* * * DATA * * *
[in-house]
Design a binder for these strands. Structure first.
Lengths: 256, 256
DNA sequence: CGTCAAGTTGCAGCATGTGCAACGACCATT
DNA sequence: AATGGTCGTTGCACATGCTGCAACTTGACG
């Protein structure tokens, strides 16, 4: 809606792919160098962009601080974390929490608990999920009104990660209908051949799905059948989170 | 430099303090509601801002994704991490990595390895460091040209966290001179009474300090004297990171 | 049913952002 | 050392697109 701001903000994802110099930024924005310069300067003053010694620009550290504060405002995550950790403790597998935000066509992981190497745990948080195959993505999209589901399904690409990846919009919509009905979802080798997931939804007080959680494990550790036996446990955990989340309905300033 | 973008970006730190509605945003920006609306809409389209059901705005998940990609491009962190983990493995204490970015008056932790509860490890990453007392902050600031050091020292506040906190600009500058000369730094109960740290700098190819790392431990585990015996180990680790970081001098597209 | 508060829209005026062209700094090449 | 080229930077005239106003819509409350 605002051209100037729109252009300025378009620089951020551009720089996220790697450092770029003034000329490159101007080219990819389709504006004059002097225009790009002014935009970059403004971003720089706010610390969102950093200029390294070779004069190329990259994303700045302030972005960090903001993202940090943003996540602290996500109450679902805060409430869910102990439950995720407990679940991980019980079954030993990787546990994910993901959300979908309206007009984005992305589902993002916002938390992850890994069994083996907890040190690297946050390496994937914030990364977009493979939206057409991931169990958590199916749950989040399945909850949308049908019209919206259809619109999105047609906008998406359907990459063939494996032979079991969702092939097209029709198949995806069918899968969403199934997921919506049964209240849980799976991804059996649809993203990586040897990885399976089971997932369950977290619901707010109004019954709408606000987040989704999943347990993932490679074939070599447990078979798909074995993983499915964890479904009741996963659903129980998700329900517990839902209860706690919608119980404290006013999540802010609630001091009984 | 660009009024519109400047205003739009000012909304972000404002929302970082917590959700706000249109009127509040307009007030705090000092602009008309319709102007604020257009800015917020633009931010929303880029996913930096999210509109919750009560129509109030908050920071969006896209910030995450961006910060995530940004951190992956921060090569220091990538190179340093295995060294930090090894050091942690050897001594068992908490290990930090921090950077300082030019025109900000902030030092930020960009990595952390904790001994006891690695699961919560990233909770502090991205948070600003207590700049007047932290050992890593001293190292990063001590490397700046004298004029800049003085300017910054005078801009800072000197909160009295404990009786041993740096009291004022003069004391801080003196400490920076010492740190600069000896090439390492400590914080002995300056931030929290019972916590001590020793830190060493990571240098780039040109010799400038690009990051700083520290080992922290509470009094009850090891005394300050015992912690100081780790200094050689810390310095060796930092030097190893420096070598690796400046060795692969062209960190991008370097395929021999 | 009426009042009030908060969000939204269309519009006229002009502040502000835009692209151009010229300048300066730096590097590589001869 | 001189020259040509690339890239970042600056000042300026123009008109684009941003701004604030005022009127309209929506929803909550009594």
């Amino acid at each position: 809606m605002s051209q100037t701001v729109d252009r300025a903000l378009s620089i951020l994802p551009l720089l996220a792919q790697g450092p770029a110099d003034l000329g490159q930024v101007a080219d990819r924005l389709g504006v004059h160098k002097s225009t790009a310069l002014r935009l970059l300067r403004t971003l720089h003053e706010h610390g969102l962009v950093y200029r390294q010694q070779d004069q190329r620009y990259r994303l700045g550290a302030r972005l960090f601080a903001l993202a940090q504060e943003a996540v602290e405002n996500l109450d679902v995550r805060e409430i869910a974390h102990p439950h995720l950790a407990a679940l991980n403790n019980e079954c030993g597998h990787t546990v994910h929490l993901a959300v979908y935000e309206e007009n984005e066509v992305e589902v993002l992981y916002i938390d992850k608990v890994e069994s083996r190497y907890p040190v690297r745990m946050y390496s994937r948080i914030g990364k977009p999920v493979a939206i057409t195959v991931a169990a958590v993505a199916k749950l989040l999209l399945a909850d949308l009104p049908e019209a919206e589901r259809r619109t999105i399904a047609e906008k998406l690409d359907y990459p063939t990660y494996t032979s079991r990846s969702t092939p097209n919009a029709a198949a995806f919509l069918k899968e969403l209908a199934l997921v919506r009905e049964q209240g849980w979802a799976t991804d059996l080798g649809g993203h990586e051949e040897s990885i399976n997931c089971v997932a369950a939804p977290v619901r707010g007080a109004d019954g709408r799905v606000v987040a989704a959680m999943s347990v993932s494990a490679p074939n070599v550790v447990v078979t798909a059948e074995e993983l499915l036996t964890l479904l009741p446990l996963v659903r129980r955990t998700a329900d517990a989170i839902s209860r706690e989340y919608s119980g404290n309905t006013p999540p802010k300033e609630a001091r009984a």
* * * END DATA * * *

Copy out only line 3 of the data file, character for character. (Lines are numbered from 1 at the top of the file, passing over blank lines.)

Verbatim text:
Lengths: 256, 256